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Lecture

VISA 1Q99 Lecture Notes - Reims Cathedral, Durham Cathedral, Gislebertus


Department
Visual Arts
Course Code
VISA 1Q99
Professor
Kristin Patterson

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Romanesque: Roman “look”.
-something new and original
-solid walls, beral vault
-examples found across Europe
-prevalent
-built on recognizable forms
-modules, focused on principals
-major cultural factor
-larger space to accommodate
-important destination
-body of st. james lies here
View of Interior, Durham Cathedral, England, c. 1087-1133:
-support weight
-activeness in Romanesque structural system
-gothic style
-grew into a fortified complex with a castle, cathedral, monetary, and village
-interior decoration (shevrons and diamond patterns)
-secular and religious power
Gislebertus, The Last Judgement, west portal, Cathedral of Saint-Lazare, c. 1120-1130:
-portal sculpture
-”jambs” supporting posts above door
-”archivolts”: molding or blocks
-”trumeau”: central supporting post
-message sent when you first walk in
-depicts the last judgement
-Christ depiction, strange placement
-to left, redeemed ascending to heaven, grabbing angels wings
-latin inscription
-rising figures from tomb
-elegant suface design, st. peter guards gateway to heaven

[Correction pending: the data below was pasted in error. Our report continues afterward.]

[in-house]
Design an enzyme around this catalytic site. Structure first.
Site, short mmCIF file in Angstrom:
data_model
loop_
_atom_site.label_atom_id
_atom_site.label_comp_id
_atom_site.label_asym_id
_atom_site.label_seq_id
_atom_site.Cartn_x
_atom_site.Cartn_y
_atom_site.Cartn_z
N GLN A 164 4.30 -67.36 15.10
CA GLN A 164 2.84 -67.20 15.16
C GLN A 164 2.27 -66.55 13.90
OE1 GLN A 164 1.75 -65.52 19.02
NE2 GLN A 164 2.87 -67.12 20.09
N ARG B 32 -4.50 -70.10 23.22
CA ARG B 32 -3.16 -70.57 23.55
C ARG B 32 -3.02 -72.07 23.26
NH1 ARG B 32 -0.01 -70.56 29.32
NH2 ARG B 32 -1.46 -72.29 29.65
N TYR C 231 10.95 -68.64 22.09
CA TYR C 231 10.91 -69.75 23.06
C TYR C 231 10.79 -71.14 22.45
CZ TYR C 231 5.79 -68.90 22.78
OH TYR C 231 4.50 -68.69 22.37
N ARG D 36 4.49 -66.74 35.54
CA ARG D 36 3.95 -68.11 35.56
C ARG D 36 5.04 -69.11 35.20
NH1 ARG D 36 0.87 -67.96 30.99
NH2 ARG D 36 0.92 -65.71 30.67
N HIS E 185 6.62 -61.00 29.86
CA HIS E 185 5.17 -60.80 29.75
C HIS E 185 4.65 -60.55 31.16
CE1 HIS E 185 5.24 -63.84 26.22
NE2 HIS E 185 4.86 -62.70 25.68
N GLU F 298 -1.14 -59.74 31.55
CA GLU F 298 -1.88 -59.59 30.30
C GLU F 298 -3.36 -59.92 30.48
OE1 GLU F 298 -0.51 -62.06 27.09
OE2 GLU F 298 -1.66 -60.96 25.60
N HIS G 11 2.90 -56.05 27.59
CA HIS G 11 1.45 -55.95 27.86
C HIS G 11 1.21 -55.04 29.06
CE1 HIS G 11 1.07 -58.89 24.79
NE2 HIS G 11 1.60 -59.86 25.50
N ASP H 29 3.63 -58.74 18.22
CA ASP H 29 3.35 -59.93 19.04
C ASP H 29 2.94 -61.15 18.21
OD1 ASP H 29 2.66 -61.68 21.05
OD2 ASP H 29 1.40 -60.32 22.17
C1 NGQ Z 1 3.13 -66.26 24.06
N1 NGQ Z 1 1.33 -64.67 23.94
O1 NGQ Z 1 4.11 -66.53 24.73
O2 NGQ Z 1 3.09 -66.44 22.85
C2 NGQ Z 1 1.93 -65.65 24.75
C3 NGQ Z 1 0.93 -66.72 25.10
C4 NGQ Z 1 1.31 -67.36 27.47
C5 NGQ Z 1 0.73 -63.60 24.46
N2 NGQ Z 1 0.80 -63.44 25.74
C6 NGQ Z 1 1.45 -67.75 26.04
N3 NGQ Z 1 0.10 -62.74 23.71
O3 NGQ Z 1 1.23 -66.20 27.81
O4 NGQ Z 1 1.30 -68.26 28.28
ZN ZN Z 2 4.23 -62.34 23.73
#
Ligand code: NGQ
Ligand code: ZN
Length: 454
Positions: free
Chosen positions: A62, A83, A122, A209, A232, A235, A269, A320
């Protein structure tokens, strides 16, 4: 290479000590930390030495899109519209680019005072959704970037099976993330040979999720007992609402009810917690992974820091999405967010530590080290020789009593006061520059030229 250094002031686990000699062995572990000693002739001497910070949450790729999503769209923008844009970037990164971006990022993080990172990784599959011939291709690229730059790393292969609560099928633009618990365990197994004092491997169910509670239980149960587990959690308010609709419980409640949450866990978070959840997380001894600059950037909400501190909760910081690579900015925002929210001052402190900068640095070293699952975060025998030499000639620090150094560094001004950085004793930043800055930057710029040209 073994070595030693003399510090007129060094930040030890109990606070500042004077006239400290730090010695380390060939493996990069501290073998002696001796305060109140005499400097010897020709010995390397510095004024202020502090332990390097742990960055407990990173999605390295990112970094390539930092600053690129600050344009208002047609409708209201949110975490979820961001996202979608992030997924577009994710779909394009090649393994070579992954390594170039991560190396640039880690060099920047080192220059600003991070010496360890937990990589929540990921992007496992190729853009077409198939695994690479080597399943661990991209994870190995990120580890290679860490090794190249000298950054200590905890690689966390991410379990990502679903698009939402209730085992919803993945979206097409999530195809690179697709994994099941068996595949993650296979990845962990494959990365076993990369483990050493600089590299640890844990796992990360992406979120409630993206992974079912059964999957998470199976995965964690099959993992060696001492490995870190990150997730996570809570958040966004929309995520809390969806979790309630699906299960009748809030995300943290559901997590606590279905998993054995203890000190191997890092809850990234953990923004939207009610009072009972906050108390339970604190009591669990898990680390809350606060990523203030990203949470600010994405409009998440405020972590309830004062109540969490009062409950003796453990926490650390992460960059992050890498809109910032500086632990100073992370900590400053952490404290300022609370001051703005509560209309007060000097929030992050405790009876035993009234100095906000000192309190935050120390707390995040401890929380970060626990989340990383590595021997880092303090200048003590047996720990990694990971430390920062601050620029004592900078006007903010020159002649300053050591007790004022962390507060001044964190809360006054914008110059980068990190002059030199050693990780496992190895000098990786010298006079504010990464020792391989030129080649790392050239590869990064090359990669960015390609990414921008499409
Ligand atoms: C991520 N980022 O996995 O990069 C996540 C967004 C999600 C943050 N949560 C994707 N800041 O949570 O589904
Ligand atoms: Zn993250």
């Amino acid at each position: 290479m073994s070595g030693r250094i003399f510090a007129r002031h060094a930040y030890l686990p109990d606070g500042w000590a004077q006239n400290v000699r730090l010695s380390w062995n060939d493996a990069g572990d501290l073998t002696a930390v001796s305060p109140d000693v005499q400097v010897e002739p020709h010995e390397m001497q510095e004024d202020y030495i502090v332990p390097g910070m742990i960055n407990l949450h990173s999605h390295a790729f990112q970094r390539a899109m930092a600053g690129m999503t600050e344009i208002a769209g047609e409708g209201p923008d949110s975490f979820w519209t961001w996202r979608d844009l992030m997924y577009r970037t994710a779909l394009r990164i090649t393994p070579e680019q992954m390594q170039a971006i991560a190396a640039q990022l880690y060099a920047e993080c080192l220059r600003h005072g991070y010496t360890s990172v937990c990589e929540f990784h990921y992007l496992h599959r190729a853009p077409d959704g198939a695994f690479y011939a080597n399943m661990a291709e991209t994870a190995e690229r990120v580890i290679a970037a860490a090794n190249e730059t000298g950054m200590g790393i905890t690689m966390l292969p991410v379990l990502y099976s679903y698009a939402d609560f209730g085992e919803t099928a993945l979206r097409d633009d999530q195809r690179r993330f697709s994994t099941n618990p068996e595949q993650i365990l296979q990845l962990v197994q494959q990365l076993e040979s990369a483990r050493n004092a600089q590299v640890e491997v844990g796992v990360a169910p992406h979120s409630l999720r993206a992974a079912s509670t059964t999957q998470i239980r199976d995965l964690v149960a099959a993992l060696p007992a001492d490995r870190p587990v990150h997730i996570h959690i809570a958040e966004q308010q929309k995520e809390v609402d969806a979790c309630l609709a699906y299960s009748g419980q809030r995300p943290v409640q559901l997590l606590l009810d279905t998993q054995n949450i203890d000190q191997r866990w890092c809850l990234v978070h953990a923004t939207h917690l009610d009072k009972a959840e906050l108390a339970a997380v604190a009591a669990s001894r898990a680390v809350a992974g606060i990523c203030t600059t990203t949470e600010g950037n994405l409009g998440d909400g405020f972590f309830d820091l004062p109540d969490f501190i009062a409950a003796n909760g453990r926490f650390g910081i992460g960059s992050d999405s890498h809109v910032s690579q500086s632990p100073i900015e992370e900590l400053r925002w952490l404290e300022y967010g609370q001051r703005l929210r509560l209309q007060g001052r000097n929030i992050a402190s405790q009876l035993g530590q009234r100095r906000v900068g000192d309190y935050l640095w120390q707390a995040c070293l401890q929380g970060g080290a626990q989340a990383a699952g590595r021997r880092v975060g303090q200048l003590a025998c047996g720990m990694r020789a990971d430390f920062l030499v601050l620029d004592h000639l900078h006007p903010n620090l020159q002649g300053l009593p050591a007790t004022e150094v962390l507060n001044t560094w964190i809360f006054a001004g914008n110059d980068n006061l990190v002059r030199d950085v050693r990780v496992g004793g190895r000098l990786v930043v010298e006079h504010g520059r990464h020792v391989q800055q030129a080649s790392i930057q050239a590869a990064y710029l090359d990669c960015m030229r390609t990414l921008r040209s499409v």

-message to pilgrims: “you will be saved, redeemed”
-on right, purgatory, archangel to be redeemed; walking up from graves
-depiction of fate, glory or punishment
The Magi Asleep, capitol from choir, Cathedral of St. Lazare, c. 1125:
-two capitals
-decorative forms, lively narrative
Chortres Cathedral, 1145-1220:
-pointed, rather than rounded
-openness in space
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-flying buttresses, lightness or flight, vertical illusion
-deep, rich colors
-4 point elevation, enlargement of panes of glass
-emphasis on the linear
-not massive
Carpenter’s Guild Signature Window, early 13th Century:
-important location
-competency of French stain glassed artists
Scenes from Genesis in the Good Samaritan Window, nave aisle, Chartres, c. 1200-
1210:
-helps someone in need
-more lifelikeness (humans in a dance-like pose)
Rose Window, north transept, c. 1230-5:
-always in groups of 3 or 12
-in centre, Mary with Christ set on lap
-joins old and new testaments
-draws on symbolism, king as patron
-3 stories of elevation: more light flowing through
-put together with limited technology
-view of clear story and vault
-built on elevated site
-late Romanesque and new Gothic
-new elements added over time
-3 sections, portal
-elements traded through styles
-3 arches (similar to Constantine)
-biblical passage/reference
-lintel element, surface pattern
-winged drapery, Christ is frontal
Jamb Statues from Royal Portal, (right side of central portal), Chartres, c. 1145:
-associated with Byzantine and Romanesque art
-individualized
-facial expression
-increased naturalism
Reims Cathedral, west facade, 1230’s-60, towards mid 15th century:
-natural representation
-less stylized elements
-3 portals instead of one
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